Singapore — Researchers from the Lee Kuan Yew School of Public Policy (LKYPP) have released the results of a new study that finds S$1,379 a month is the income required to meet the basic needs of people 65 and older, and who are living alone.
The study results, which were presented on May 22 (Wednesday), also reveal that only about half of members of the mandated retirement savings scheme — the Central Provident Fund (CPF) — are actually able to obtain this monthly retirement payout. This is because a big portion of their savings goes towards buying a home — an approved reason for withdrawing funds at the relatively early age of 55.
Led by LKYPP Assistant Professor Ng Kok Hoe, the study aimed to determine Minimum Income Standards (MIS) for the elderly. To decide on these standards, more than 100 participants from a broad range of backgrounds came together in focus group discussions to talk about how everyday Singaporeans perceive basic needs.
Based on these discussons, the LKYPP team came up with a study tenet: “A basic standard of living in Singapore is about more than just housing, food, and clothing. It is about having opportunities to education, employment, and work-life balance, as well as access to healthcare. It enables a sense of belonging, respect, security, and independence. It also includes choices to participate in social activities and the freedom to engage in one’s cultural and religious practices.”
Only half of seniors reach the amount needed for basic needs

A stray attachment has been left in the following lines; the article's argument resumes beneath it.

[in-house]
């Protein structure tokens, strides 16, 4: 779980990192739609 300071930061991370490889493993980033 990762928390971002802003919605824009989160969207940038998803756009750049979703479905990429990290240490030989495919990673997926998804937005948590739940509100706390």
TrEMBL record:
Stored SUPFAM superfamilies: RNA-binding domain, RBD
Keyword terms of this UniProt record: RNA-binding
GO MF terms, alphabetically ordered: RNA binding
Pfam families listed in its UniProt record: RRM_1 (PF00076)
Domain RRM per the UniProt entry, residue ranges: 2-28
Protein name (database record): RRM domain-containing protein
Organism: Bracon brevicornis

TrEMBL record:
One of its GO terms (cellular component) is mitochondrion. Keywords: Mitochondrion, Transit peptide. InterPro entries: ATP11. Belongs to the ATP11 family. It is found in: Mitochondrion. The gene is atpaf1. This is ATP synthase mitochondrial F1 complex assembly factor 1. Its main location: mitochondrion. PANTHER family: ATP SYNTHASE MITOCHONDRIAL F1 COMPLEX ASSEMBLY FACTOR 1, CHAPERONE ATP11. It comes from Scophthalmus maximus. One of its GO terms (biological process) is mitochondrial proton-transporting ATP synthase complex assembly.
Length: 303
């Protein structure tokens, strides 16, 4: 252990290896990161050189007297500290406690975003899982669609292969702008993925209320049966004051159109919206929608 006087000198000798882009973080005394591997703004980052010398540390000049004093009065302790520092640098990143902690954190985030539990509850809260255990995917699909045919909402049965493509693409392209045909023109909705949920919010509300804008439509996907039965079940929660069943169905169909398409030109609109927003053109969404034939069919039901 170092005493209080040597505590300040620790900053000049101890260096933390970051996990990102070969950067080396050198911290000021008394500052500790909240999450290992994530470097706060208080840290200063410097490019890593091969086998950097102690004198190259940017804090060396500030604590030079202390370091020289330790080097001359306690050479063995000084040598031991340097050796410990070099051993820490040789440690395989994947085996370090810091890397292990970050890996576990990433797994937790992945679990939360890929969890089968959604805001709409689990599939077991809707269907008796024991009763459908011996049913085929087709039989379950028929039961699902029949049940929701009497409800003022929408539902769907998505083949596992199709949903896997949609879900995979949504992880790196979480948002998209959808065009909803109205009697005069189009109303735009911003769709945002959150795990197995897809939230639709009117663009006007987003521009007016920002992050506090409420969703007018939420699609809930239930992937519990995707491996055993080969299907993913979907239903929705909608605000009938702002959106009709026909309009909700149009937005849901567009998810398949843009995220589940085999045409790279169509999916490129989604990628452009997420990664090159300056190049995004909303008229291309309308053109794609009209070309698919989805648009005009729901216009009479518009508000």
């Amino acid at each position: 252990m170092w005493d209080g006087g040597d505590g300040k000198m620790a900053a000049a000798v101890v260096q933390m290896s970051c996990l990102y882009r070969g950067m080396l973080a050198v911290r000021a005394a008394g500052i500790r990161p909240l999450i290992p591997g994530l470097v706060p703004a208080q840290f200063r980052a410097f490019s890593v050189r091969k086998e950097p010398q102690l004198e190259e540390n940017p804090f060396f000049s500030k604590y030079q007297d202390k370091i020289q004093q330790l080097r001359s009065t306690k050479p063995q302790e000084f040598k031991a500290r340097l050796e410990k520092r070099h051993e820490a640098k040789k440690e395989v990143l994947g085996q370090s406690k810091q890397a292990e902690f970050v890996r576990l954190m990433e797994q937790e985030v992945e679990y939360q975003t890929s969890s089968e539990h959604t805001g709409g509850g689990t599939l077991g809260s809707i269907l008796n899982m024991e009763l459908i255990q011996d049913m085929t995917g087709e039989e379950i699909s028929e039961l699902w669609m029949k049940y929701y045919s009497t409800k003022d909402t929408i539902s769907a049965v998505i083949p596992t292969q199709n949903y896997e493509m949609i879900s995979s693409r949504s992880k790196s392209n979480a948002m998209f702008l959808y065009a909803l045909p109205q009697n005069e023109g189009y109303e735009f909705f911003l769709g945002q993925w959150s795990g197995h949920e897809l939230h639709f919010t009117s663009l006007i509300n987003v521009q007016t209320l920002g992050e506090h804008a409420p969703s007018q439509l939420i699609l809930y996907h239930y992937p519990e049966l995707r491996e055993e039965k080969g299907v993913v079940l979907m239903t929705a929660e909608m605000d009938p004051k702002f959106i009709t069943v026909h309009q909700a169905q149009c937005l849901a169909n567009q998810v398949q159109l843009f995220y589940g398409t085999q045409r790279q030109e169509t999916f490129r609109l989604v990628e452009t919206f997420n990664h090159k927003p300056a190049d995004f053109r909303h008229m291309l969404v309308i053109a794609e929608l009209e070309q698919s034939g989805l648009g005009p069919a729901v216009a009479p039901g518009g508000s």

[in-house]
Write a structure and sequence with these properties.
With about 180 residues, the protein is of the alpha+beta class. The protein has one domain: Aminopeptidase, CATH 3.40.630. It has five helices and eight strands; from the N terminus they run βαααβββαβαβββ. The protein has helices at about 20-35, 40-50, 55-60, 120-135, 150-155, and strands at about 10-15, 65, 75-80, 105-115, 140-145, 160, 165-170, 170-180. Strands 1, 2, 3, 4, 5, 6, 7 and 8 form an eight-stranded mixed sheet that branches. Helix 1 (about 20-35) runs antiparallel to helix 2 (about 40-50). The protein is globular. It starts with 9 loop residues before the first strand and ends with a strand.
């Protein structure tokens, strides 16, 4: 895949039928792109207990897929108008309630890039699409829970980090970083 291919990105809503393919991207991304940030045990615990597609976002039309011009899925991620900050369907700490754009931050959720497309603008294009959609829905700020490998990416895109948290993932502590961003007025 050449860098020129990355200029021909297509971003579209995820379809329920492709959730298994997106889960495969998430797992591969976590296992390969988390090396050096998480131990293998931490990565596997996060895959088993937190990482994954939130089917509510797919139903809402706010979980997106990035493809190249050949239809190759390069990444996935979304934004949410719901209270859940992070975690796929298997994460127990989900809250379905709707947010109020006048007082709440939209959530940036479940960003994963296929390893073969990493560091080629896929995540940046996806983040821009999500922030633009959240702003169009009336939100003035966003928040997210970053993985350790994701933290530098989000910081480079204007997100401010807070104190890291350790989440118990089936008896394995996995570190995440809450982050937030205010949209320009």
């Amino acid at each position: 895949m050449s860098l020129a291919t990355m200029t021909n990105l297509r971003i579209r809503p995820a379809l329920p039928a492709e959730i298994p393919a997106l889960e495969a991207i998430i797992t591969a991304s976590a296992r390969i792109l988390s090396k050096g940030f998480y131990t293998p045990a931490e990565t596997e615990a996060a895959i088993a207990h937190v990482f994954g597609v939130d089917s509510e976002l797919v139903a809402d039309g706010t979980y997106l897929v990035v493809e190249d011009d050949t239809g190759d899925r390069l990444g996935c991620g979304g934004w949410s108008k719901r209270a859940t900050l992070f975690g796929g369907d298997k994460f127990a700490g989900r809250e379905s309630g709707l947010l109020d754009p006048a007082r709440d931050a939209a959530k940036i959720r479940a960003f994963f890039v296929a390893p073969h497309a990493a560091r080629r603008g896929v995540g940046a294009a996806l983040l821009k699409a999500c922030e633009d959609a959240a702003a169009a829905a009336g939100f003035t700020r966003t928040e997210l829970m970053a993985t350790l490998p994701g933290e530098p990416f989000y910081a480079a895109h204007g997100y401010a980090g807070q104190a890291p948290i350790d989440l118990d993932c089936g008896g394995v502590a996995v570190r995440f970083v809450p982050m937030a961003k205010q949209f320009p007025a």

As to whether or not seniors have this prescribed amount for basic needs, the study finds that only around half of them have this sum.
According to the study, “People who manage to achieve the CPF Basic Retirement Sum of $88,000 are entitled to a monthly payout of around SGD$790, far short of the budget for a single elderly person. Moreover, only around half of CPF members are able to hit this sum, as large portions of their savings go towards purchasing homes.”
Elders in Singapore have traditionally relied on their families for financial support in their retirement years, particularly when living under the same roof. Due to declining birth rates in Singapore, however, there are now less numbers of young adults who can financially care for aging relatives.
Prof Ng and research team member Nanyang Technological University Associate Professor Teo You Yenn wrote in leading financial daily The Edge on May 23,
“In Singapore, many older people rely on contributions from their adult children. As an act of reciprocity and respect, support for elderly parents may be socially desirable.
“But in an ageing population, future elderly people will have fewer or no children, and it is unsustainable to depend on them as the main source of income.
“With longer life expectancies, it is reasonable to expect longer years of work. Yet current older workers receive low wages. Many work primarily out of need.”
Moreover, the study notes that “Standards of living have also changed such that many “sandwiched couples” are struggling to take care of both their own children and their parents.”
Statistics from Singapore’s Ministry of Manpower show that full-time male workers age 60 and older have a median income of $2,000, which is 1.5 times the budget of what a single senior needs. However, the median income for women is only 1.3 times the needed amount.
Furthermore, nearly two-thirds of senior-age workers have jobs in the three lowest-income types of occupations: cleaners, service staff, and plant and machine operators. This means that they have salaries ranging from 0.9 to 1.2 times of the budget for basic needs.
The study notes, “For these people, retiring is not an option; living with just the bare necessities might even prove difficult.”/ TISG
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